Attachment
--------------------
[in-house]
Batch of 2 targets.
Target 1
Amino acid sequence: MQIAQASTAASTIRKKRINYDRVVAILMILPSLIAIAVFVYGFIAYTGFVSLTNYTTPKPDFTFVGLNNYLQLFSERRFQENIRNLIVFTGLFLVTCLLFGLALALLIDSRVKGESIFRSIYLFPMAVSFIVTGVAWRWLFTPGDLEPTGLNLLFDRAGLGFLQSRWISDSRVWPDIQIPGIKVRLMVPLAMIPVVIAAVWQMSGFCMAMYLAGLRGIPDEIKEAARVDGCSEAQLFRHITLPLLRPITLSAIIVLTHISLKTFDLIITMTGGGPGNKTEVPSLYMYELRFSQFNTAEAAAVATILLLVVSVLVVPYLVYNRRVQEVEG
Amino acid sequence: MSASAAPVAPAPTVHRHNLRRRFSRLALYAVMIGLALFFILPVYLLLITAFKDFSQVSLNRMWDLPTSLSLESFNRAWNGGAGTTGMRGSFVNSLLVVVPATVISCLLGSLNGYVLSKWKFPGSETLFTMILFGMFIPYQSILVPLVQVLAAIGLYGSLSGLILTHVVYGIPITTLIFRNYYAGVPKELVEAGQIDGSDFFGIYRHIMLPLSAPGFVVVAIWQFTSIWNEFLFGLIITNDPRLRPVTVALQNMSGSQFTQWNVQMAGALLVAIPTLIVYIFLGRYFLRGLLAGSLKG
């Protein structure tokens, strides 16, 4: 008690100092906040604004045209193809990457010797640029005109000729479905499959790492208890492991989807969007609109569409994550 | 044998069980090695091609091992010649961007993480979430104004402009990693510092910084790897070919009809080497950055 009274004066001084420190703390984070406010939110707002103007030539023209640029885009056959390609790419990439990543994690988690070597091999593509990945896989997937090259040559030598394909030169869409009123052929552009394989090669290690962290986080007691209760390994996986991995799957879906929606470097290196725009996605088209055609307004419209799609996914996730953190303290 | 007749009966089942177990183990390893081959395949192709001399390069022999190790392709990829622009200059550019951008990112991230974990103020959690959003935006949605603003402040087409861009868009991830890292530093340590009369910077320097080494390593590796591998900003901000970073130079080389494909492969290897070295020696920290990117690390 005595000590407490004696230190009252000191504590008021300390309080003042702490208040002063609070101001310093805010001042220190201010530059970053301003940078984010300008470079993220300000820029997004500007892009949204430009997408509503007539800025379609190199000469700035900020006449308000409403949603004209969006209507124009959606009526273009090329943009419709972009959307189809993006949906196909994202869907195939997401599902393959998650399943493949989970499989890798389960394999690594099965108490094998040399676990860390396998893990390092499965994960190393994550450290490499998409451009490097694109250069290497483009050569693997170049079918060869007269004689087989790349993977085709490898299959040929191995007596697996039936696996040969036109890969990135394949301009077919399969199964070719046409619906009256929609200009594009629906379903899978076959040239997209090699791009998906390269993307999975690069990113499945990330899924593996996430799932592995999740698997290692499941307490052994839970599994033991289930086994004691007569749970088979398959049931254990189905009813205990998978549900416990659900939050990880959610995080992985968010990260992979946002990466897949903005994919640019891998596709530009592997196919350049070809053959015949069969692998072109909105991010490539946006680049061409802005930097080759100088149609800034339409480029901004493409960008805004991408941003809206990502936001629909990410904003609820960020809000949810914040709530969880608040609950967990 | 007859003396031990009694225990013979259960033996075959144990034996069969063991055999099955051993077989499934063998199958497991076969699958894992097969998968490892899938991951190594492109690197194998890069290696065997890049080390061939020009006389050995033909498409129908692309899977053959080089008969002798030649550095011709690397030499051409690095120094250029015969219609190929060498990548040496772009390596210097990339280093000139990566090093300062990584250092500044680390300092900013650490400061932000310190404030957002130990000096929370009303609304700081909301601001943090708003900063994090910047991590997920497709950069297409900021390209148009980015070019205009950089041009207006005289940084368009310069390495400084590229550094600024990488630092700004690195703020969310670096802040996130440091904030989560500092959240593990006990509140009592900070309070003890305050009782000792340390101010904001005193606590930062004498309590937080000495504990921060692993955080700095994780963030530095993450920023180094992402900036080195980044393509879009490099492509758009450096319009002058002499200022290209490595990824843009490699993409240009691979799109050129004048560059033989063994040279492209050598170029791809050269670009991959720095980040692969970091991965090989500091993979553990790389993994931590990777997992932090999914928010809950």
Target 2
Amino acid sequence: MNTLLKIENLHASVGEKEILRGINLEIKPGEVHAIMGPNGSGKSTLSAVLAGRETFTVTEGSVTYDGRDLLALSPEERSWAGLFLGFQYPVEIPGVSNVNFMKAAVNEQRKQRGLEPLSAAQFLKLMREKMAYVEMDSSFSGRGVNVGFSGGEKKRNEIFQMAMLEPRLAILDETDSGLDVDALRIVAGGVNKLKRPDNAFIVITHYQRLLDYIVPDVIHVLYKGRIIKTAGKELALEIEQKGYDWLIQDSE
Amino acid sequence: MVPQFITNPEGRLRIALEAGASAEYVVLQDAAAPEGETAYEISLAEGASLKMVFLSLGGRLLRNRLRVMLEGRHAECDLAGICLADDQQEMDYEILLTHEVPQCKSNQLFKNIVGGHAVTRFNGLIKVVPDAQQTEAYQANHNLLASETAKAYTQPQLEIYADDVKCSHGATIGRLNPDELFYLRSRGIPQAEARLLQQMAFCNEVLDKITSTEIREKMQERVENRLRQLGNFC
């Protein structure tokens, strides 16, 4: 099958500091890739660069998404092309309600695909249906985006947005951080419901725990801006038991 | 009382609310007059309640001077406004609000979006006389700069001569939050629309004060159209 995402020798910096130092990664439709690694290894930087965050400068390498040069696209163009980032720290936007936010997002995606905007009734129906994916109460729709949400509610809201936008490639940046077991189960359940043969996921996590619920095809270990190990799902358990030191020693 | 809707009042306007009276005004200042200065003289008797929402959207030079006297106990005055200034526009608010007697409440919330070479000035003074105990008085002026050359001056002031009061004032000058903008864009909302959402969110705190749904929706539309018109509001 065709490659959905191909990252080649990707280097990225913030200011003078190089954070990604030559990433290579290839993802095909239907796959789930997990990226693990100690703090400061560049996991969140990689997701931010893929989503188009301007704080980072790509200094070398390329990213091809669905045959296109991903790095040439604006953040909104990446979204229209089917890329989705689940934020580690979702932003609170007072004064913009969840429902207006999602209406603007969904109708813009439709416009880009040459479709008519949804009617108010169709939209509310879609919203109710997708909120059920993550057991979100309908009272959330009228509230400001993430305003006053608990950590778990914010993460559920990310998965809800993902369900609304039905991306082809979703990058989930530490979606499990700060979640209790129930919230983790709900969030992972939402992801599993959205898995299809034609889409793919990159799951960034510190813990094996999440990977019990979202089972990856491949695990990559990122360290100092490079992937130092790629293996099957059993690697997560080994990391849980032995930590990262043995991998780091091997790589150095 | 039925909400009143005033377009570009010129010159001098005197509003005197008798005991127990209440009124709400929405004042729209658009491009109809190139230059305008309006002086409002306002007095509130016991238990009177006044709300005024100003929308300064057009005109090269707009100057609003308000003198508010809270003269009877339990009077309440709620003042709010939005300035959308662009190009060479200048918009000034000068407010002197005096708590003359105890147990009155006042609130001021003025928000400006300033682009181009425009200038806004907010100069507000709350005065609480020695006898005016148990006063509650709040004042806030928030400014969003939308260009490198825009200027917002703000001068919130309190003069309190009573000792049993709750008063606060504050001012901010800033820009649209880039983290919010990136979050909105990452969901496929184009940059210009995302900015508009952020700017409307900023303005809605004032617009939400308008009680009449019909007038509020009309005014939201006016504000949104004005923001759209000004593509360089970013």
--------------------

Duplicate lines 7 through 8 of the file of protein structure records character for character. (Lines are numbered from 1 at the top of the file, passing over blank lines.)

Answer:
Target 2
Amino acid sequence: MNTLLKIENLHASVGEKEILRGINLEIKPGEVHAIMGPNGSGKSTLSAVLAGRETFTVTEGSVTYDGRDLLALSPEERSWAGLFLGFQYPVEIPGVSNVNFMKAAVNEQRKQRGLEPLSAAQFLKLMREKMAYVEMDSSFSGRGVNVGFSGGEKKRNEIFQMAMLEPRLAILDETDSGLDVDALRIVAGGVNKLKRPDNAFIVITHYQRLLDYIVPDVIHVLYKGRIIKTAGKELALEIEQKGYDWLIQDSE